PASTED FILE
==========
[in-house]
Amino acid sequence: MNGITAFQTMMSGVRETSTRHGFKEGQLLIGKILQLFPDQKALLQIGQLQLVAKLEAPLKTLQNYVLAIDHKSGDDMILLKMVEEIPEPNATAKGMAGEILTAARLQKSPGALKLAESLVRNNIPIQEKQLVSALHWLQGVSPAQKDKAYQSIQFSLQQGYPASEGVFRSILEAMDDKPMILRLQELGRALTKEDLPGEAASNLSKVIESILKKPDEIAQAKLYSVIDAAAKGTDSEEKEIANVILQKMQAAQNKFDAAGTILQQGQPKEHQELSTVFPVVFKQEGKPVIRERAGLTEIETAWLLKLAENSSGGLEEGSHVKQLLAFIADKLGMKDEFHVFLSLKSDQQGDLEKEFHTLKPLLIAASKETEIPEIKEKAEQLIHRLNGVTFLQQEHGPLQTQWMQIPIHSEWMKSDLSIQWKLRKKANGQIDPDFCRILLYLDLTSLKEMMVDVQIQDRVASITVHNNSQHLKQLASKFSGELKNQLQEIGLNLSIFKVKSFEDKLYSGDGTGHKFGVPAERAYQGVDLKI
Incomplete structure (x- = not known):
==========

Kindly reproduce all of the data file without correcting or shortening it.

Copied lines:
[in-house]
Amino acid sequence: MNGITAFQTMMSGVRETSTRHGFKEGQLLIGKILQLFPDQKALLQIGQLQLVAKLEAPLKTLQNYVLAIDHKSGDDMILLKMVEEIPEPNATAKGMAGEILTAARLQKSPGALKLAESLVRNNIPIQEKQLVSALHWLQGVSPAQKDKAYQSIQFSLQQGYPASEGVFRSILEAMDDKPMILRLQELGRALTKEDLPGEAASNLSKVIESILKKPDEIAQAKLYSVIDAAAKGTDSEEKEIANVILQKMQAAQNKFDAAGTILQQGQPKEHQELSTVFPVVFKQEGKPVIRERAGLTEIETAWLLKLAENSSGGLEEGSHVKQLLAFIADKLGMKDEFHVFLSLKSDQQGDLEKEFHTLKPLLIAASKETEIPEIKEKAEQLIHRLNGVTFLQQEHGPLQTQWMQIPIHSEWMKSDLSIQWKLRKKANGQIDPDFCRILLYLDLTSLKEMMVDVQIQDRVASITVHNNSQHLKQLASKFSGELKNQLQEIGLNLSIFKVKSFEDKLYSGDGTGHKFGVPAERAYQGVDLKI
Incomplete structure (x- = not known):